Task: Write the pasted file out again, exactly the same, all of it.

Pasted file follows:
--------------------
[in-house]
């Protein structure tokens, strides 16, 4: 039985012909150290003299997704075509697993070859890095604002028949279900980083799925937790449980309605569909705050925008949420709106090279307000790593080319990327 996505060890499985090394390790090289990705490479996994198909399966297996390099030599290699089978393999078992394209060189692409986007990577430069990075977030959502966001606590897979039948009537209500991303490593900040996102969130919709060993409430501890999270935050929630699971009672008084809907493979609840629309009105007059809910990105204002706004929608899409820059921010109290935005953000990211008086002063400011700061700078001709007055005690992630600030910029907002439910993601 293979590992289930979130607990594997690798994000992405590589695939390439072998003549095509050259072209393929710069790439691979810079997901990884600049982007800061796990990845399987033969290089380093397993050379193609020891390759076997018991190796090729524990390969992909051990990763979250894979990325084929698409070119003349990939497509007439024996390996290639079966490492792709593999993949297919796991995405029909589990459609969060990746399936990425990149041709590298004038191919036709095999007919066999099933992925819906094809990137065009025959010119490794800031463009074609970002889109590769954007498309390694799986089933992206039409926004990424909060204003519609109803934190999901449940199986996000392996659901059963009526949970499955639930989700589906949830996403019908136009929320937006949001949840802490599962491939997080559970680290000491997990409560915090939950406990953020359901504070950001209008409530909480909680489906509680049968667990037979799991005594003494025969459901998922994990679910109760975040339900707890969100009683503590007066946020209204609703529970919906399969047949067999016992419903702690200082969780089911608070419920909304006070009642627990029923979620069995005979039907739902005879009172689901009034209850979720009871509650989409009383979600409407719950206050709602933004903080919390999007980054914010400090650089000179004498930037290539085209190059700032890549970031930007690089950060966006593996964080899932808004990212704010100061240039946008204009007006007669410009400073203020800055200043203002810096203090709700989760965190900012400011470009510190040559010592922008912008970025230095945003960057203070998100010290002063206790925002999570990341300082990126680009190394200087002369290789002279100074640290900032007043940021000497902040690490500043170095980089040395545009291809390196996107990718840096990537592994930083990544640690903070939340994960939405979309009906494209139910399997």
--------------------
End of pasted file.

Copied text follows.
[in-house]
């Protein structure tokens, strides 16, 4: 039985012909150290003299997704075509697993070859890095604002028949279900980083799925937790449980309605569909705050925008949420709106090279307000790593080319990327 996505060890499985090394390790090289990705490479996994198909399966297996390099030599290699089978393999078992394209060189692409986007990577430069990075977030959502966001606590897979039948009537209500991303490593900040996102969130919709060993409430501890999270935050929630699971009672008084809907493979609840629309009105007059809910990105204002706004929608899409820059921010109290935005953000990211008086002063400011700061700078001709007055005690992630600030910029907002439910993601 293979590992289930979130607990594997690798994000992405590589695939390439072998003549095509050259072209393929710069790439691979810079997901990884600049982007800061796990990845399987033969290089380093397993050379193609020891390759076997018991190796090729524990390969992909051990990763979250894979990325084929698409070119003349990939497509007439024996390996290639079966490492792709593999993949297919796991995405029909589990459609969060990746399936990425990149041709590298004038191919036709095999007919066999099933992925819906094809990137065009025959010119490794800031463009074609970002889109590769954007498309390694799986089933992206039409926004990424909060204003519609109803934190999901449940199986996000392996659901059963009526949970499955639930989700589906949830996403019908136009929320937006949001949840802490599962491939997080559970680290000491997990409560915090939950406990953020359901504070950001209008409530909480909680489906509680049968667990037979799991005594003494025969459901998922994990679910109760975040339900707890969100009683503590007066946020209204609703529970919906399969047949067999016992419903702690200082969780089911608070419920909304006070009642627990029923979620069995005979039907739902005879009172689901009034209850979720009871509650989409009383979600409407719950206050709602933004903080919390999007980054914010400090650089000179004498930037290539085209190059700032890549970031930007690089950060966006593996964080899932808004990212704010100061240039946008204009007006007669410009400073203020800055200043203002810096203090709700989760965190900012400011470009510190040559010592922008912008970025230095945003960057203070998100010290002063206790925002999570990341300082990126680009190394200087002369290789002279100074640290900032007043940021000497902040690490500043170095980089040395545009291809390196996107990718840096990537592994930083990544640690903070939340994960939405979309009906494209139910399997």